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An upcoming vote on funding FSU stadium repairs broadens political divisions among Democrats

FSU's Doak Cambell stadium is enclosed by a massive classroom/office complex with houses several academic programs and the school's admissions and registrar's offices.
Patrick Sternad
WFSU Public Media
FSU's Doak Cambell stadium is enclosed by a massive classroom/office complex with houses several academic programs and the school's admissions and registrar's offices.

A rift has emerged in Tallahassee over whether to use local development money to help fund repairs to Florida State University’s Doak Campbell Stadium. The issue is one of appropriateness: Is it right for the joint Blueprint Commission to use local taxpayer money on the repairs? And should such projects fall under the economic development banner?

The tension has split commissioners—city and county—who make up Blueprint’s board. It's also driving new alliances between organizations that normally find themselves on opposite sides.

Unlikely allies join forces to oppose FSU stadium funding

It's not every day when Progressives and Conservatives agree on something, but the rare alliance did show up recently as the free-market think tank Americans for Prosperity and the NAACP joined forces against and ahead of a final Blueprint to give FSU $20 million to fund stadium repairs.

“I understand why some people want to support it, and want to do good by the university, and want to do good for the taxpayers and residents of this great city. Unfortunately, the facts just don’t align with that intention," said AFP Policy Director Phillip Suderman.

Suderman is also an FSU alum, yet he calls the university's funding request a “government handout," that would end up costing Blueprint more than $27 million when interest is added.

“Government exists to make sure everyone is helped, not [just] a select a few," Suderman said during a recent press conference in front of City Hall.

"I believe it when the [FSU] Boosters Club said this is a priority of theirs. And I wish them all the luck in continuing to raise the funds in a private manner from people who will actually be able to benefit from them, instead of coming to the government and asking for a handout.”   

While the state funds most public university buildings it does not typically fund stadiums or dorms, leaving schools to pay for those themselves. FSU got around that loophole nearly 20 years ago by getting the legislature to enclose Doak with a massive classroom/office complex. The Florida State University Boosters organization is fronting the bulk of the money for renovations—some $100 million, and it has asked Blueprint to help provide the rest.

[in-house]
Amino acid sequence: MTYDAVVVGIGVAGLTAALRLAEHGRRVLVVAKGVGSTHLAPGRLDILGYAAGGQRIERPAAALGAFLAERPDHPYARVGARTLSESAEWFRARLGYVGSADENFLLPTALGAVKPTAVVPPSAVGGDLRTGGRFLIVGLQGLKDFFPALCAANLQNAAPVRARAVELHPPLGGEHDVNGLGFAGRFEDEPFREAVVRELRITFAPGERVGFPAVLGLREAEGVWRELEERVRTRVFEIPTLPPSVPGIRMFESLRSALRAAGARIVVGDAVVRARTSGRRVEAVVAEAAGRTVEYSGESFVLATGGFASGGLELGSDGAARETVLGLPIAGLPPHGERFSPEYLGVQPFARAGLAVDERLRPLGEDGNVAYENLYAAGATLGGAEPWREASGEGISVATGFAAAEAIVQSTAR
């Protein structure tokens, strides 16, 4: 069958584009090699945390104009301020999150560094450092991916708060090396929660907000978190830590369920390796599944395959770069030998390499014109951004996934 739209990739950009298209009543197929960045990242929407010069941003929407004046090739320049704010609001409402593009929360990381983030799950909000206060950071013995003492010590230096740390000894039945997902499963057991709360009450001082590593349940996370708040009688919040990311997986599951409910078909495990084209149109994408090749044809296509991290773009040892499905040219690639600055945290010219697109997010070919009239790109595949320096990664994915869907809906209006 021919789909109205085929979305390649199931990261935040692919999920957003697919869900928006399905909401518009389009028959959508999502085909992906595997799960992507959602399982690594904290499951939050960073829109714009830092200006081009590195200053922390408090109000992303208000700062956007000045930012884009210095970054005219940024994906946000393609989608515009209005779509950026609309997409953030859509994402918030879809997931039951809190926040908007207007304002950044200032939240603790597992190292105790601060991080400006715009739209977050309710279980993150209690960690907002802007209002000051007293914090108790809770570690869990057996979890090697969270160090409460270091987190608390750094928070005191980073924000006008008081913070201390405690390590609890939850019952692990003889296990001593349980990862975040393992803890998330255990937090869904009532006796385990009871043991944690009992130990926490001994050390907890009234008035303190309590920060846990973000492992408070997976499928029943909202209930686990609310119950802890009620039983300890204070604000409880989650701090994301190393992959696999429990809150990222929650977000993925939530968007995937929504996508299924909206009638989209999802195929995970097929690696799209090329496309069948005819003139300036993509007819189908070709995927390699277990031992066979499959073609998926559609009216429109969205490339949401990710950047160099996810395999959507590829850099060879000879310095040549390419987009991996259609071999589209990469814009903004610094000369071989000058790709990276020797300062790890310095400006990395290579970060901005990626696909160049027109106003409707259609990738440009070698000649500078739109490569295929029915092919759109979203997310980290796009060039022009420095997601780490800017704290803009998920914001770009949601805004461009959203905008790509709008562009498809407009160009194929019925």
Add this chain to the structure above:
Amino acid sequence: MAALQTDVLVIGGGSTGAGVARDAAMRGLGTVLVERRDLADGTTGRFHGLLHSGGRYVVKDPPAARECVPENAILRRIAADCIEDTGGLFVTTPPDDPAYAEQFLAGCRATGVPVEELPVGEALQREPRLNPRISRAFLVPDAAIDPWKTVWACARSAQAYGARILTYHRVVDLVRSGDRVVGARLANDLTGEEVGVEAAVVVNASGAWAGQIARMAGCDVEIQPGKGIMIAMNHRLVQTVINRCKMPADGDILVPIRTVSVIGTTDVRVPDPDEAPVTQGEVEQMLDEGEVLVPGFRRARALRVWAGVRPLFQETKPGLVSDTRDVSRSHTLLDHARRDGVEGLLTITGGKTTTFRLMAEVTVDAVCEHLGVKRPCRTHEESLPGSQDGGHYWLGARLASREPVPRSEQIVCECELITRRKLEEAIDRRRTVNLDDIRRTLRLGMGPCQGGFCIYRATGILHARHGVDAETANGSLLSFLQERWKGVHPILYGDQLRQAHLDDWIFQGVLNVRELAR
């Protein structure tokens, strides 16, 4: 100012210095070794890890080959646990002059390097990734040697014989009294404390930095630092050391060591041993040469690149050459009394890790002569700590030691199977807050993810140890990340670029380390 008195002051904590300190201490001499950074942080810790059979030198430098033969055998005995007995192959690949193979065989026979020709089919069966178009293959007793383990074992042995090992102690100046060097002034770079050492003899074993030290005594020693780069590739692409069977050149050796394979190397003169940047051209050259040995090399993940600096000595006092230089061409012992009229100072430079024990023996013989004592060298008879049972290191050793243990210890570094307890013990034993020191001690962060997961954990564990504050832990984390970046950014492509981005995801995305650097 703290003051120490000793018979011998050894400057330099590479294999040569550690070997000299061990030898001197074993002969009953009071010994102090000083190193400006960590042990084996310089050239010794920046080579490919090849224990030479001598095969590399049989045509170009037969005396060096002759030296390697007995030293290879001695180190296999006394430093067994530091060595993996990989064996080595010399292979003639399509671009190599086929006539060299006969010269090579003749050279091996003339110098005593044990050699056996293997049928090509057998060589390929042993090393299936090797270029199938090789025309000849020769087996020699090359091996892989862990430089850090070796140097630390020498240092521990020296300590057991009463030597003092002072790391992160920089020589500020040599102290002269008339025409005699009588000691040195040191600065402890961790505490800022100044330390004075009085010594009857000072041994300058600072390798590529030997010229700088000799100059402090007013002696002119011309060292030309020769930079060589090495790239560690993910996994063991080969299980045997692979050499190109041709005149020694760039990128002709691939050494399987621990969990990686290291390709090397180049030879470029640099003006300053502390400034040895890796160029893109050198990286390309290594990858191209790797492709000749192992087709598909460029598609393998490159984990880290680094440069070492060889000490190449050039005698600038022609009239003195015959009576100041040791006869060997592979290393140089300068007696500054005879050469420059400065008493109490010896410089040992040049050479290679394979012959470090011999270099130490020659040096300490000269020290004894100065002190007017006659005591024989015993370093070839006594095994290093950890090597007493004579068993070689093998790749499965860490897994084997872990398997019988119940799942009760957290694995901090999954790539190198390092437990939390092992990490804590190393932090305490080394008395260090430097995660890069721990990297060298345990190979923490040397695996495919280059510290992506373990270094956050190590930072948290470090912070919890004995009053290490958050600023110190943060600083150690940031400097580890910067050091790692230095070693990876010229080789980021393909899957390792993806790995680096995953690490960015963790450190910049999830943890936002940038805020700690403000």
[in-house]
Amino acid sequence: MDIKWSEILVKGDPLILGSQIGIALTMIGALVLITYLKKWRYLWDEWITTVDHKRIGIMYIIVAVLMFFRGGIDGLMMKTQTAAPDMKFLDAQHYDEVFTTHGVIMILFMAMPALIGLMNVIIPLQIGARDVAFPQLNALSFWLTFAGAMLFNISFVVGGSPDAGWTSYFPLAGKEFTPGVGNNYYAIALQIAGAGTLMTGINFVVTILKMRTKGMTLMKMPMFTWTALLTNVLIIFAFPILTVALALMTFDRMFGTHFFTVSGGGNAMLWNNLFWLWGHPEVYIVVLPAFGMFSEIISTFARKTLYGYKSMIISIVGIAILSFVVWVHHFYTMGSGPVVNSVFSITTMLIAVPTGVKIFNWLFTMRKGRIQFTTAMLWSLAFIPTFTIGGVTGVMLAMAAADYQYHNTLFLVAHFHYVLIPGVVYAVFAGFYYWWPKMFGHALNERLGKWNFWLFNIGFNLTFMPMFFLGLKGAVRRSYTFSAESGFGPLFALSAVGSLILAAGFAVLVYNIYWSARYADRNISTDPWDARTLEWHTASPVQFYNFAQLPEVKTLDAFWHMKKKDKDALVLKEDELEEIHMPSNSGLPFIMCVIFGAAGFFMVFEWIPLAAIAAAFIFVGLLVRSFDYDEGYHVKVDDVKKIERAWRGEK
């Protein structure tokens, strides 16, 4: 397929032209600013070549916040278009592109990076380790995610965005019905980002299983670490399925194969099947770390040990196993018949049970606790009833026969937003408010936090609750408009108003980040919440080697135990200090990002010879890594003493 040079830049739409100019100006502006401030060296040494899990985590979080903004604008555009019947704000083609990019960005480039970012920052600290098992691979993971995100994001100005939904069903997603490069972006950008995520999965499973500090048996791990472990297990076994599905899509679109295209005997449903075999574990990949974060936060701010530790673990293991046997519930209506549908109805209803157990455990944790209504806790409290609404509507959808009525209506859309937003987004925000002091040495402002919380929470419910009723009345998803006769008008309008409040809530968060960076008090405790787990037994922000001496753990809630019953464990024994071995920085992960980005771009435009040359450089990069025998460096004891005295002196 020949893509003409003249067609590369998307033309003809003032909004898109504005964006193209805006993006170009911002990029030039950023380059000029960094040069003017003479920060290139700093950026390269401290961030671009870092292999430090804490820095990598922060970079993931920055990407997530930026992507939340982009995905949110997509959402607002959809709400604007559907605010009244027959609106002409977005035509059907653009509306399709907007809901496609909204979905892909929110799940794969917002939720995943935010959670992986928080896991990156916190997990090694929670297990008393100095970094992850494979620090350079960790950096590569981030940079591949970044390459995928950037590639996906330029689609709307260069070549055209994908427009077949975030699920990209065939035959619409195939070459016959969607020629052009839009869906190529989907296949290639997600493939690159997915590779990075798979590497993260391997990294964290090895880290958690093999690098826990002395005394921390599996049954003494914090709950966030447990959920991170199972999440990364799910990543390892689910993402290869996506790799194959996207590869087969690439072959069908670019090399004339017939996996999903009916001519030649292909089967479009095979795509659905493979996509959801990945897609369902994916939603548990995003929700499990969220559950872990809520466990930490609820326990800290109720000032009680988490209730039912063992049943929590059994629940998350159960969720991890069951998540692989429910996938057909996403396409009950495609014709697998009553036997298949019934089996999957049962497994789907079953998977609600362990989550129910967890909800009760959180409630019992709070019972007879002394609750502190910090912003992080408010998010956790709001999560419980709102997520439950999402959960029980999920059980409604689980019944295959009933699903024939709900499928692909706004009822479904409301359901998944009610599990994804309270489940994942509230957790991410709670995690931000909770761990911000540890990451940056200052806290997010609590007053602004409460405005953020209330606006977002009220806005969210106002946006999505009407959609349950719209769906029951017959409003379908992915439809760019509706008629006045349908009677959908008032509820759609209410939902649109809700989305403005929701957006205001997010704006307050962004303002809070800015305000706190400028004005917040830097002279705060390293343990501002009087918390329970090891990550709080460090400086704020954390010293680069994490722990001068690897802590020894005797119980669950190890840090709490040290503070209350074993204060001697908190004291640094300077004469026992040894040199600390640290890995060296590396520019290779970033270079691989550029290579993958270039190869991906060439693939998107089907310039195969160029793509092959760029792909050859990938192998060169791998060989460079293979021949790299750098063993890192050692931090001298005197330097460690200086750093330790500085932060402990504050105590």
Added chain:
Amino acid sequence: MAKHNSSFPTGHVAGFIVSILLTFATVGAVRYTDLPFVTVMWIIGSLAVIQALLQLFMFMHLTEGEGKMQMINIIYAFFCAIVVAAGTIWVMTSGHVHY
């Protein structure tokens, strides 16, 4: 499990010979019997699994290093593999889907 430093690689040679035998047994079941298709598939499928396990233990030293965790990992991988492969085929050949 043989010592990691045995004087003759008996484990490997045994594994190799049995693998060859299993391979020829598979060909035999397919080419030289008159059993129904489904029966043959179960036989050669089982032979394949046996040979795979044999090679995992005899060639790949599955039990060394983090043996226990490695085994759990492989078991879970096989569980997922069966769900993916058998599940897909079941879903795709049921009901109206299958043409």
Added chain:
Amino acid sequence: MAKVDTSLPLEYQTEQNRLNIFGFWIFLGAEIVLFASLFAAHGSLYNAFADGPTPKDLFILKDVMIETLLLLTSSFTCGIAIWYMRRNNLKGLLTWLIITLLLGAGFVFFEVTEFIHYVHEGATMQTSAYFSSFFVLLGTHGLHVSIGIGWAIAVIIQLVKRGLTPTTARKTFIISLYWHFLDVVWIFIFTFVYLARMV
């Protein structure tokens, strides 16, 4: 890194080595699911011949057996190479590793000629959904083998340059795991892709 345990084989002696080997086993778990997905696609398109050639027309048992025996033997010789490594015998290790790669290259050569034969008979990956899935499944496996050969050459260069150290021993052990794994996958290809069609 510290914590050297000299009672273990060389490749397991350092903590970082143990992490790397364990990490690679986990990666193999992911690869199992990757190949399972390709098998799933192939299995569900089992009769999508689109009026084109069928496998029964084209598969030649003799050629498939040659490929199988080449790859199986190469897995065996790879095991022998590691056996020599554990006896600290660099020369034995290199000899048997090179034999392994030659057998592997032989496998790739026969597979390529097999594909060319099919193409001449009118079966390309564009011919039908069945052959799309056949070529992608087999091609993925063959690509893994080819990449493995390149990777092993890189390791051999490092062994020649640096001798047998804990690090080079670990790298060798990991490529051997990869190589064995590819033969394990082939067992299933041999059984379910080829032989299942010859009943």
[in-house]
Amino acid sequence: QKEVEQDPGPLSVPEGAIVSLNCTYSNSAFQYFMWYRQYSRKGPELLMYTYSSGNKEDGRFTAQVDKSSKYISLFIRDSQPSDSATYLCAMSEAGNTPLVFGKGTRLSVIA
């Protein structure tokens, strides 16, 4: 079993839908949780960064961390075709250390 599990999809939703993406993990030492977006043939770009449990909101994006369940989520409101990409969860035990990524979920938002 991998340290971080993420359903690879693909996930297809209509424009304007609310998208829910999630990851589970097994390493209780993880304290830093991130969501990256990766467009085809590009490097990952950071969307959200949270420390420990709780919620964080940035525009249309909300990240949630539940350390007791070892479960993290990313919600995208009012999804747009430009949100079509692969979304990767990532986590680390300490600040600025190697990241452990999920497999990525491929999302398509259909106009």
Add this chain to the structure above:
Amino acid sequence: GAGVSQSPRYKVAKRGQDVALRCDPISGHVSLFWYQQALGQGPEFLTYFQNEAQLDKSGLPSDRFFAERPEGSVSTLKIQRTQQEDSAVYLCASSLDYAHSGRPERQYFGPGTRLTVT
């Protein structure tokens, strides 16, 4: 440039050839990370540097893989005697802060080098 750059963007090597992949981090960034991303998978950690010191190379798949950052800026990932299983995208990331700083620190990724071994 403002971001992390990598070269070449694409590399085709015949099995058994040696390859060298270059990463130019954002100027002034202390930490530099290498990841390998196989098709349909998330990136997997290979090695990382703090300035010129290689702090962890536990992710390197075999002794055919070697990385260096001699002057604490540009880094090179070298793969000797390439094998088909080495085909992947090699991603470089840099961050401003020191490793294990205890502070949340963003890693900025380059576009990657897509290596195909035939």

Past funding decisions influence current policy debate

FSU’s ask came after Blueprint approved funding in 2020 to help Florida A&M University repair Bragg Stadium. Blueprint also gave Tallahassee Community College money for its athletic facilities. Defenders of those votes say there’s a difference: FAMU may not have been able to host football games at its stadium given its condition, which would have resulted in an economic loss to the city. TCC’s ask was aimed at helping the school host more events in its facilities, thus bringing in more money.

Speaking at a May Blueprint meeting, City Commissioner Jeremy Matlow said all three projects are different and therefore warranted different considerations.

"We don’t set precedent by building one sidewalk that obligates us to build every sidewalk. We have to take decisions one by one, based on their merits," Matlow said.

Matlow voted in favor of funding to TCC and FAMU but is against funding for FSU.

During the same press conference that brought together AFP and the NAACP, local resident Donna Cotterell observed that FSU's request for repair funding also emerged after the school pulled a $30 million requestfor the construction of a new convention center.

"It was baked in the cake a long time ago," she said of FSU's prior convention center request and how it led to the stadium ask.

Still, in approving funding for FSU and TCC, Blueprint opened the door to other asks.

What is Blueprint, anyway?

Blueprint is the Tallahassee-Leon County intergovernmental agency that funds infrastructure and economic development projects through a one-cent sales tax surcharge. It was created in 1989 and reauthorized in 2000 and 2014. The 2000 version of Blueprint had a pre-planned list of projects that voters could see get done. In 2014, voters approved a new list of projects for infrastructure improvements. But there's no current list for the 12% of the revenue that goes toward economic development, which is where the stadium money is coming from.

In a previous interview with WFSU, outgoing County Commissioner Kristin Dozier said a lot of the confusion around what Blueprint is and does could stem from the city and county not explaining Blueprint well enough.

“I have tried, even in the last year, to shine a light on that and actually got a motion passed to hold separate economic development and infrastructure meetings to address this very concern," she said.

In 2016 Dozier voted against the structure of the Office of Economic Vitality for this exact reason. OEV oversees the economic development side of Blueprint.

Timing of campaign donations to mayor fuels suspicion

“Eighty-thousand people going to a game, some come out hungry, some of them come out thirsty, and with needs where they will spend money. So this is not a close call with respect to economic development and what it means," Leon County Commissioner Bill Proctor said of his support for funding FSU's request.